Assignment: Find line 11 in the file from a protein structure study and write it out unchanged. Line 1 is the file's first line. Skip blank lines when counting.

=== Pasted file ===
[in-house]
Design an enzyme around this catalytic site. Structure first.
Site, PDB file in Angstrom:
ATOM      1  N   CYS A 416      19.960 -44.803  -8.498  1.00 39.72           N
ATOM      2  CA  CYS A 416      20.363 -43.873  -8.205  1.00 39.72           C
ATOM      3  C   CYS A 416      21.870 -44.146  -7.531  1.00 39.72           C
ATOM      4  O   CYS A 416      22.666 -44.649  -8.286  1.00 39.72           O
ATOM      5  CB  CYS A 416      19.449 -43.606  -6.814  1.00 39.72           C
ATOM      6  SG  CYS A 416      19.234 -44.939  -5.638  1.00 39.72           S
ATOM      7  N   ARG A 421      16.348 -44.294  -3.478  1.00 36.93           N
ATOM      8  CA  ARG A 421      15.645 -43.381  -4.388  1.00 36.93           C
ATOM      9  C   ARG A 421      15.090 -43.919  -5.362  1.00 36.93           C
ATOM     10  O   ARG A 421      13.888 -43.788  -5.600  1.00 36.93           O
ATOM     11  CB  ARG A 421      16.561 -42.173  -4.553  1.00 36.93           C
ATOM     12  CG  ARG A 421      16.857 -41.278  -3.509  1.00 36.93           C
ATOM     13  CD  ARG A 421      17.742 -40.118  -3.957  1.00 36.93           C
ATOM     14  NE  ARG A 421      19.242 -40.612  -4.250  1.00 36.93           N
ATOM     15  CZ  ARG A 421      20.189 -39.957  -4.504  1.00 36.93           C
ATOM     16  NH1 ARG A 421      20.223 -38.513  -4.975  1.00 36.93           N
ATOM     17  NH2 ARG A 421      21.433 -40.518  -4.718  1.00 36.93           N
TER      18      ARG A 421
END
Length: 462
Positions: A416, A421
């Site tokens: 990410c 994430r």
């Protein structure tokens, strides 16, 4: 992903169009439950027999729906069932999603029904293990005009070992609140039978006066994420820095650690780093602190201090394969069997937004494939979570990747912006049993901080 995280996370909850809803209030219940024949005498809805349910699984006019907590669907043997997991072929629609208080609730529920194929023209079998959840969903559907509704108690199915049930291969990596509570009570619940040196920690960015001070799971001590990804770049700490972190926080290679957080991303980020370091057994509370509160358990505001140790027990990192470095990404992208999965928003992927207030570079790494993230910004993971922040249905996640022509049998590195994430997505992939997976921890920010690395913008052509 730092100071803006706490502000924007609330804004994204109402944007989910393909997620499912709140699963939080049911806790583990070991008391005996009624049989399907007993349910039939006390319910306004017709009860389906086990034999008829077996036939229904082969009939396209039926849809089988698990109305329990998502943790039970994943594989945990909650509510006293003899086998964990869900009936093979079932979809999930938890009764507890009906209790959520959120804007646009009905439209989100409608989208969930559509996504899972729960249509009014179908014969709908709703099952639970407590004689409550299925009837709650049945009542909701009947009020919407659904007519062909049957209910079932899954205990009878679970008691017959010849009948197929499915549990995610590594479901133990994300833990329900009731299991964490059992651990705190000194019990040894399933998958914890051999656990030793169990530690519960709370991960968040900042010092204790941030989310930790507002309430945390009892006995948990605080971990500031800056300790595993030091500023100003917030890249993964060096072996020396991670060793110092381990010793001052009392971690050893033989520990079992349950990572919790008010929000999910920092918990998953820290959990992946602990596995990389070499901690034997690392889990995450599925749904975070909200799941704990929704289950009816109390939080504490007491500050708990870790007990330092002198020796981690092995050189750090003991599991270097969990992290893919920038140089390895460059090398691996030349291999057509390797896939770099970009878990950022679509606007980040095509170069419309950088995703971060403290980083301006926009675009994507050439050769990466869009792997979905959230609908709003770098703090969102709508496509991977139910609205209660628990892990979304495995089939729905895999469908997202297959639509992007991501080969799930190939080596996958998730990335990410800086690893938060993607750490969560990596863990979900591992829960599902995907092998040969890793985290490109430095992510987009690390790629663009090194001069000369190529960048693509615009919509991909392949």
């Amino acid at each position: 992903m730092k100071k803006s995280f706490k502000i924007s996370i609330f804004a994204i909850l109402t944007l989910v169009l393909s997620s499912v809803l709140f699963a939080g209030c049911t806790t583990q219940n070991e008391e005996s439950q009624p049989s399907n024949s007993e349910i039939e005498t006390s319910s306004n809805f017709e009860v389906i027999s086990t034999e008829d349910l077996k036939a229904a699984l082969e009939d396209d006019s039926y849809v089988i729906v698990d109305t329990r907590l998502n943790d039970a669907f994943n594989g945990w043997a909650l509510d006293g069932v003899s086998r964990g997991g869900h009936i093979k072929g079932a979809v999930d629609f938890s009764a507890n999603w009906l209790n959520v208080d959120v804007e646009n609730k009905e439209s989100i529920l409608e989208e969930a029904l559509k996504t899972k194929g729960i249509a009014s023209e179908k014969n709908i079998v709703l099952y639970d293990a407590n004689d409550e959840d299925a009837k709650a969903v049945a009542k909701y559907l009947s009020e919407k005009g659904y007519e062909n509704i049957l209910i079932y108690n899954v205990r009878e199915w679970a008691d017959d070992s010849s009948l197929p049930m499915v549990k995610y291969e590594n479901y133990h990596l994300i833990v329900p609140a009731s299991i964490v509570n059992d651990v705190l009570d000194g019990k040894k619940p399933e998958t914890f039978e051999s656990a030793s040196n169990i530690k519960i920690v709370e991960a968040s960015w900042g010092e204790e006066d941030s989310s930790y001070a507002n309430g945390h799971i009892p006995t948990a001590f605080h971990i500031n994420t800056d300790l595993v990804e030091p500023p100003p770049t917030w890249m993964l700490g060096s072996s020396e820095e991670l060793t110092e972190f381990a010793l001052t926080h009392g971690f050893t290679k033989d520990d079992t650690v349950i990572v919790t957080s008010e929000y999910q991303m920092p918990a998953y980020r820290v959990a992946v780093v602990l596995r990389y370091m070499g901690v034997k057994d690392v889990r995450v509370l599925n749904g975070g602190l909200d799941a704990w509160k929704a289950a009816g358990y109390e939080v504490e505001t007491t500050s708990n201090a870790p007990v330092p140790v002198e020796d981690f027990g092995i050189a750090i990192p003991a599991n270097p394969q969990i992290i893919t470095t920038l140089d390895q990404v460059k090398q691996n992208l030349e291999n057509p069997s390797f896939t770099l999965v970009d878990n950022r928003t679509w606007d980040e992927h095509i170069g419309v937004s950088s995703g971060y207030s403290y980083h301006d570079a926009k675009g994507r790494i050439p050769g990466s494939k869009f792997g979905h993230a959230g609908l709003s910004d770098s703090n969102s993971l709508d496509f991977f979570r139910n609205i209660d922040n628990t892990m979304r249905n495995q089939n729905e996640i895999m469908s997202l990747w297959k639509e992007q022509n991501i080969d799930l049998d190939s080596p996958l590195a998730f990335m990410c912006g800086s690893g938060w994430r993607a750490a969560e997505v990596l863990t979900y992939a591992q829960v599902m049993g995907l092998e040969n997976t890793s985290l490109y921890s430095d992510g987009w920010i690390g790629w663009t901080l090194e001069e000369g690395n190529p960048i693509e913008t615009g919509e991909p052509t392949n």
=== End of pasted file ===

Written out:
ATOM      8  CA  ARG A 421      15.645 -43.381  -4.388  1.00 36.93           C